Sharpe Ratio: How you can measure risk-adjusted return when things are looking scary
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Weakness in global equity markets throughout 2022 has provided a good reminder of why an understanding of risk-adjusted return and its key measure the Sharpe ratio is so important.
Welcome to Sharpe ratio 101 with our guest lecturer today VanEck Australia Portfolio Manager Cameron McCormack. Firstly, we need to understand exactly what is risk-adjusted return.
“Risk-adjusted return is a way of measuring the performance of an investment that factors in risk; that is, the extra risk required to get higher returns,” said McCormack.
A little historical context is also good. In 1966 American economist William F Sharpe developed the Sharpe ratio, also known as the Sharpe index, the Sharpe measure, and the reward-to-variability ratio as an investment performance analysis tool.
McCormack said the Sharpe ratio is a way to measure the risk-adjusted returns of investments calculated by comparing an investment’s return to that of a risk-free asset, such as cash.
The Sharpe ratio is one of the most widely used methods for measuring risk-adjusted relative returns.
“Part of the ratio’s popularity is based on the simplicity of calculating and interpreting the ratio,” McCormack said.
“It compares historical or projected returns relative to an investment that carries no risk, or risk-free rate, with the historical or expected variability of such returns.
“The risk-free rate used is usually government bonds, because, hypothetically, these carry zero risk.”
Many investment funds routinely publish the Sharpe ratio as part of quarterly and annual performance updates which are circulated to clients.
“The Sharpe ratio can be used to evaluate a single security or an entire investment portfolio, with the higher the ratio, the better the investment in terms of risk-adjusted returns,” McCormack said.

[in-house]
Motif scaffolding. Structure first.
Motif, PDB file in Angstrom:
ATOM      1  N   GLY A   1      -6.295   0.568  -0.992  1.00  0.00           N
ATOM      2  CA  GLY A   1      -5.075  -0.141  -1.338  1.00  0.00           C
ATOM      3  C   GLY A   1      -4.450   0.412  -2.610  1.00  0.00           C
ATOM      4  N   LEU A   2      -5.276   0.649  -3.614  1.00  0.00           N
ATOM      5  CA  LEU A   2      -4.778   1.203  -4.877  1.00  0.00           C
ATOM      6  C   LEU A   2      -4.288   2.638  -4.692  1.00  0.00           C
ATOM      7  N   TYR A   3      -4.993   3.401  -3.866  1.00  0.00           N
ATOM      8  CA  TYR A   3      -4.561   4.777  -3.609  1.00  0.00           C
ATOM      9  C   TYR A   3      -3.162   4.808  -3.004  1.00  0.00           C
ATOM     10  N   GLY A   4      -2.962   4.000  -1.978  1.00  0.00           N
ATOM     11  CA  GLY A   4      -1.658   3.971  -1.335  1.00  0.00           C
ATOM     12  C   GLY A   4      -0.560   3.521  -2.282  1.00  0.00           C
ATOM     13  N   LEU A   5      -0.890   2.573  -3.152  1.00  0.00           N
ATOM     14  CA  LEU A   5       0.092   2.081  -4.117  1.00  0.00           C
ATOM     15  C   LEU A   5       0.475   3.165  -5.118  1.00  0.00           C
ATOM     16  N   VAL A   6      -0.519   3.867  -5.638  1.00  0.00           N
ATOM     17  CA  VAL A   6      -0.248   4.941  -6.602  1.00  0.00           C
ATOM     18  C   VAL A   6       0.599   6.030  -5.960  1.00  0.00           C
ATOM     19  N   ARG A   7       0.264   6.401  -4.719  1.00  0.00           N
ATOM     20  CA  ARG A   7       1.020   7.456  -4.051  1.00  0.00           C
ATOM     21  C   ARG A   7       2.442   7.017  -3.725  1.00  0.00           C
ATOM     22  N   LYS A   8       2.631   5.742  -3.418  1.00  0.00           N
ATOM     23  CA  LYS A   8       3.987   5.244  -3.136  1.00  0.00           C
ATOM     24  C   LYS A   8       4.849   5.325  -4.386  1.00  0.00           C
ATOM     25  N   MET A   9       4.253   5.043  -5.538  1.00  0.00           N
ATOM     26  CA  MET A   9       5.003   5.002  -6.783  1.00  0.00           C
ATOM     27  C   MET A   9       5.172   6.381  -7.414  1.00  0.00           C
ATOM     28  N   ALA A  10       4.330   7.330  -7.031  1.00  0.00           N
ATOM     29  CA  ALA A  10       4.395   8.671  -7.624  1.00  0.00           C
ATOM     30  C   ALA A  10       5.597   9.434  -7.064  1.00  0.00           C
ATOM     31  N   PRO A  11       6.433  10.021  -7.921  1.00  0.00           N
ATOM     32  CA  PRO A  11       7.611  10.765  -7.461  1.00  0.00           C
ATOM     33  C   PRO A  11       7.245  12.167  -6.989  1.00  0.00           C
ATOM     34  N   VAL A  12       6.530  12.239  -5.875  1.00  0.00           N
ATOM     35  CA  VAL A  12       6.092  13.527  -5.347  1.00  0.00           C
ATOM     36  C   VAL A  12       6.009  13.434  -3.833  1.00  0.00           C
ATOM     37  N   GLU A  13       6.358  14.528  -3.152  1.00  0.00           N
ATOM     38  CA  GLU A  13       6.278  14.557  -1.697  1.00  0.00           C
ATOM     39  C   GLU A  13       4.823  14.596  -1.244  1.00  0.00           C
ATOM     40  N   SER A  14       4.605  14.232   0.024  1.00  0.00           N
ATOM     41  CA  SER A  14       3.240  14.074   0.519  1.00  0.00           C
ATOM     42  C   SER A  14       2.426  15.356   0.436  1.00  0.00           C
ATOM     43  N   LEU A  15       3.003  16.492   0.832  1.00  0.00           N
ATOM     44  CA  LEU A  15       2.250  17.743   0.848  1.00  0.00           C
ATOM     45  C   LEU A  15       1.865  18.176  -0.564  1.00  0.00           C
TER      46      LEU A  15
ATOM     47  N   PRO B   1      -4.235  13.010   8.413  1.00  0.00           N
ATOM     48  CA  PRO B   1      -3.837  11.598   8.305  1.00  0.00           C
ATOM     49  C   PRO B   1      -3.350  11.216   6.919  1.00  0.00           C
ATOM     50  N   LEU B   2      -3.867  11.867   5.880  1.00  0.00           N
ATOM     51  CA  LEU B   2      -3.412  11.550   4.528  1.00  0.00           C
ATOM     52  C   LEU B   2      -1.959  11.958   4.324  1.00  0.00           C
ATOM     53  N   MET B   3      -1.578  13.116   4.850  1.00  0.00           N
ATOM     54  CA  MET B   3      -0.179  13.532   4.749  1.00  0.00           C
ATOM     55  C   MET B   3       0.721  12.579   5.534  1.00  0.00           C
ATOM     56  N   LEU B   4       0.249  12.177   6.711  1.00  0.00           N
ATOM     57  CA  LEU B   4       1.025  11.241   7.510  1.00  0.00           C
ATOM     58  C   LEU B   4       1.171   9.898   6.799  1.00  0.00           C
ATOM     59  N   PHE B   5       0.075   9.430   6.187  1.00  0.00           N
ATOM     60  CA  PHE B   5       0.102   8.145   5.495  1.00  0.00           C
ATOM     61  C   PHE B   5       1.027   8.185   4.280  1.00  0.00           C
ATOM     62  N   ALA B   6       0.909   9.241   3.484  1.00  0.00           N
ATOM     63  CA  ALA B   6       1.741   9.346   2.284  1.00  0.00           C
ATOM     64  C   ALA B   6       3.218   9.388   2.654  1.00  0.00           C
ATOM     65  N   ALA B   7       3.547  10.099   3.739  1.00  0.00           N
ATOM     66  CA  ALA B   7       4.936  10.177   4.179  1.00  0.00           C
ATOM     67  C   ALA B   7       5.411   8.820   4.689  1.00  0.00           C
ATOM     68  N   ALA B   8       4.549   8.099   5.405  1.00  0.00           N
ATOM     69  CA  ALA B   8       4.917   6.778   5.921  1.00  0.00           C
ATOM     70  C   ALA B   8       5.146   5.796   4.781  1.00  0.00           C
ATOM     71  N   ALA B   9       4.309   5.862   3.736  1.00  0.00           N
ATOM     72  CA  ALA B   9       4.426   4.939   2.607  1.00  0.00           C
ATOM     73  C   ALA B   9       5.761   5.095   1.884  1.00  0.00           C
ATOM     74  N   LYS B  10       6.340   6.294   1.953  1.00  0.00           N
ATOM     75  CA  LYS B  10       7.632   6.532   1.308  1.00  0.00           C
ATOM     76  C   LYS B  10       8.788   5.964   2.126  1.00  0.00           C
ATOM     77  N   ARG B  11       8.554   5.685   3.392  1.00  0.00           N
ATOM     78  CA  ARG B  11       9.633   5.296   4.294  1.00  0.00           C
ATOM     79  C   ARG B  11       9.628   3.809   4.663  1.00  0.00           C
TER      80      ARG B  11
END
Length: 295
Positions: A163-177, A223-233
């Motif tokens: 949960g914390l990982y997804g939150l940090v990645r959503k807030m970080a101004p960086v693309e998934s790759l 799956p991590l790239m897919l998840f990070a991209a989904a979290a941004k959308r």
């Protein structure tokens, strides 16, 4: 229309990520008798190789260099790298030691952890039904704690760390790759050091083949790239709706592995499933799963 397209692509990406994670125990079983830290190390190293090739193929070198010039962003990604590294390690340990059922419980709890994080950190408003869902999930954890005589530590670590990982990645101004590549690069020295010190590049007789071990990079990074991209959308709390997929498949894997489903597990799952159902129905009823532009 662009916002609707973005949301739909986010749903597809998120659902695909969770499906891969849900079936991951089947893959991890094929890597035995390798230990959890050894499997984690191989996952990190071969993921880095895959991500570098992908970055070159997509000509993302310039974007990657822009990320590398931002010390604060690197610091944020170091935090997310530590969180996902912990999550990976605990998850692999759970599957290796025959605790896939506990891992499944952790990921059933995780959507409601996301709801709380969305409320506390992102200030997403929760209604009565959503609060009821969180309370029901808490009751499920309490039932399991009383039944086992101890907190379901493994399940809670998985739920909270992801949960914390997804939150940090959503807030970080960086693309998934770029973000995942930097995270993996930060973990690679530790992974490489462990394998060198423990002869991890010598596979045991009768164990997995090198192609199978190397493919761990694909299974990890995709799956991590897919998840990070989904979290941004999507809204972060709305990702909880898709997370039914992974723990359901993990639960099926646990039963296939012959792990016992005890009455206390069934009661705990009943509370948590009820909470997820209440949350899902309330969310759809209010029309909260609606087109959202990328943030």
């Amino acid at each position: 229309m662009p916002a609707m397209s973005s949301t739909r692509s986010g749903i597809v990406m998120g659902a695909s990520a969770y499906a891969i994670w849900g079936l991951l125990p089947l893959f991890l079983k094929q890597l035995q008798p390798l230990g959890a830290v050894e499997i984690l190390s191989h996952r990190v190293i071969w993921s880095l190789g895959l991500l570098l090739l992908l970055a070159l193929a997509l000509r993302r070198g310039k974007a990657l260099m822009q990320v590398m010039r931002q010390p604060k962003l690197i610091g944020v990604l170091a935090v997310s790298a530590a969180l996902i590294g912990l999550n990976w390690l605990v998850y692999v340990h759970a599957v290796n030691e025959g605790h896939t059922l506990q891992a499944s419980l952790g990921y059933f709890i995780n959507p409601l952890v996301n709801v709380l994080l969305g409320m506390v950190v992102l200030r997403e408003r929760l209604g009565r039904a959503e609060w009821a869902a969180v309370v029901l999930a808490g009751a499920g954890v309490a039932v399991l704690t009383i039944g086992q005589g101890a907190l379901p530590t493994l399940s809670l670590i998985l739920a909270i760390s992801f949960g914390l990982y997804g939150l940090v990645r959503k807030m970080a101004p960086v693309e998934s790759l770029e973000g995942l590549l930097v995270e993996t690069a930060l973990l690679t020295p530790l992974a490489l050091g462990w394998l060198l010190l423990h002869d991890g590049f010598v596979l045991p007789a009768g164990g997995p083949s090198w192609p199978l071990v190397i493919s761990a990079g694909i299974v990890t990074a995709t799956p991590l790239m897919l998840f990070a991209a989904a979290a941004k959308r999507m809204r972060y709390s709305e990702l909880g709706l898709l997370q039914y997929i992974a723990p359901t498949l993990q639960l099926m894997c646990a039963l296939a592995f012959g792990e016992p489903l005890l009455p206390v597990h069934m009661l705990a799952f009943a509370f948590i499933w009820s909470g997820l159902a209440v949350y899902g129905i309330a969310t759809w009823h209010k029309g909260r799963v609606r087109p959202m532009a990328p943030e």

“The Sharpe ratio helps you determine whether the risk you’ve taken on has paid off in your returns, compared to the returns you may have had without taking on the risk.”
The Sharpe ratio is calculated by determining an asset’s excess return above the risk-free rate for a given time.
“This amount is divided by the portfolio’s standard deviation, which is a measure of its volatility,” he said.
“The ratio works by giving investors a score that tells them their risk-adjusted returns.”
McCormack said it can be used to analyse past performance or anticipated future performance.
“The ratio can be used by investors as a way of understanding whether returns are due to smart decisions or just taking on higher levels of risk,” he said.
“If returns are due to an investor taking on higher levels of risk the investor may lose more money than they are comfortable with when conditions change.”
Time for some maths.
Sharpe Ratio = (Rp-Rf) / Standard deviation
Rp is the expected return.
Rf is the risk-free rate.
McCormack said standard deviation is a statistical measure of dispersion and is used to assess the risk of an asset.
“By analysing price movements of an asset over a period of time, relative to the mean of these price movements, the standard deviation represents the variance of these price movements,” he said.
“The higher the standard deviation, the larger variations you can expect to see in returns.
“A higher standard deviation of returns indicates higher risk.”
McCormack uses the example of considering two portfolios. Portfolio 1 is expected to return more than 15% over the next 12 months, while portfolio 2 is expected to deliver a return of 12% over the same period.
“Without considering risk, Portfolio 1 is clearly the superior choice based on returns alone,” he said.
However, in this example, Portfolio 1 has a standard deviation of 8% (higher risk) and Portfolio 2 has a standard deviation of 4% (lower risk).
The risk-free rate is 3.5%, based on the one-month US treasury bill.
Portfolio 1: (15-3.5)/8 = Sharpe ratio of 1.44
Portfolio 2: (12-3.5)/4 = Sharpe ratio of 2.13
“So, in this case, Portfolio 2 has a better risk-adjusted return,” McCormack said.
McCormack said when observing Sharpe ratios, it’s important to understand the drivers of returns and volatility of each asset class or sector during the time assessed.
Between the Global Financial Crisis and Covid-19, the world was in a low-inflation, low-growth economic environment.
“During this period companies that exhibited the quality factor did extremely well,” McCormack said.
However, now we’re in a persistent high-inflation environment.
“Sectors that performed well pre-Covid like Information Technology are now out of favour while inflation-linked sectors such as energy have been best performers,” he said.
“Sharpe ratios are a powerful tool but should be looked at alongside metrics such as drawdowns, alpha and tracking error when forming investment decisions.
“Past performance is not indicative of future results.”
To learn more about investing in during periods of heightened volatility check out Stockhead Eddy Sunarto’s article on Options trading.